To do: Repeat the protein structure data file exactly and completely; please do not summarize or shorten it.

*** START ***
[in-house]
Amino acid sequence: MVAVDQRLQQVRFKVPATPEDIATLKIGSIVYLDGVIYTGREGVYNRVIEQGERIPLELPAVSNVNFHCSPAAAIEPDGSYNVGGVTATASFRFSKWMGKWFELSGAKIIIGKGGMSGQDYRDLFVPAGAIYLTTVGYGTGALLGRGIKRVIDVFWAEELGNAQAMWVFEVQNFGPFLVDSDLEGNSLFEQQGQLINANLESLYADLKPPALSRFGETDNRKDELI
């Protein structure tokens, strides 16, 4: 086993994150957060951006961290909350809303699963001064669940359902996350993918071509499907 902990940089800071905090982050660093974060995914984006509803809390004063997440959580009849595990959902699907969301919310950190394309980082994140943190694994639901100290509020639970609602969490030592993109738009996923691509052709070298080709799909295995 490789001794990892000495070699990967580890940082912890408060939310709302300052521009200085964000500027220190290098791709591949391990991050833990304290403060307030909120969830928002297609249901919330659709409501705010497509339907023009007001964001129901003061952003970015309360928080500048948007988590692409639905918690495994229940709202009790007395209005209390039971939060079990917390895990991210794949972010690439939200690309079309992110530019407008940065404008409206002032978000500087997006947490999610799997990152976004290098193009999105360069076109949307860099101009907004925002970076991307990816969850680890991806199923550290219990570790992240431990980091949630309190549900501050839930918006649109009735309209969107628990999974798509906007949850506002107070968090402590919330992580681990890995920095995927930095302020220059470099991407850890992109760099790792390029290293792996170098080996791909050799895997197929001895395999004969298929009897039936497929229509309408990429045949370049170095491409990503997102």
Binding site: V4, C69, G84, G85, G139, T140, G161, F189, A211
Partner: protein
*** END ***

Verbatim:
[in-house]
Amino acid sequence: MVAVDQRLQQVRFKVPATPEDIATLKIGSIVYLDGVIYTGREGVYNRVIEQGERIPLELPAVSNVNFHCSPAAAIEPDGSYNVGGVTATASFRFSKWMGKWFELSGAKIIIGKGGMSGQDYRDLFVPAGAIYLTTVGYGTGALLGRGIKRVIDVFWAEELGNAQAMWVFEVQNFGPFLVDSDLEGNSLFEQQGQLINANLESLYADLKPPALSRFGETDNRKDELI
């Protein structure tokens, strides 16, 4: 086993994150957060951006961290909350809303699963001064669940359902996350993918071509499907 902990940089800071905090982050660093974060995914984006509803809390004063997440959580009849595990959902699907969301919310950190394309980082994140943190694994639901100290509020639970609602969490030592993109738009996923691509052709070298080709799909295995 490789001794990892000495070699990967580890940082912890408060939310709302300052521009200085964000500027220190290098791709591949391990991050833990304290403060307030909120969830928002297609249901919330659709409501705010497509339907023009007001964001129901003061952003970015309360928080500048948007988590692409639905918690495994229940709202009790007395209005209390039971939060079990917390895990991210794949972010690439939200690309079309992110530019407008940065404008409206002032978000500087997006947490999610799997990152976004290098193009999105360069076109949307860099101009907004925002970076991307990816969850680890991806199923550290219990570790992240431990980091949630309190549900501050839930918006649109009735309209969107628990999974798509906007949850506002107070968090402590919330992580681990890995920095995927930095302020220059470099991407850890992109760099790792390029290293792996170098080996791909050799895997197929001895395999004969298929009897039936497929229509309408990429045949370049170095491409990503997102």
Binding site: V4, C69, G84, G85, G139, T140, G161, F189, A211
Partner: protein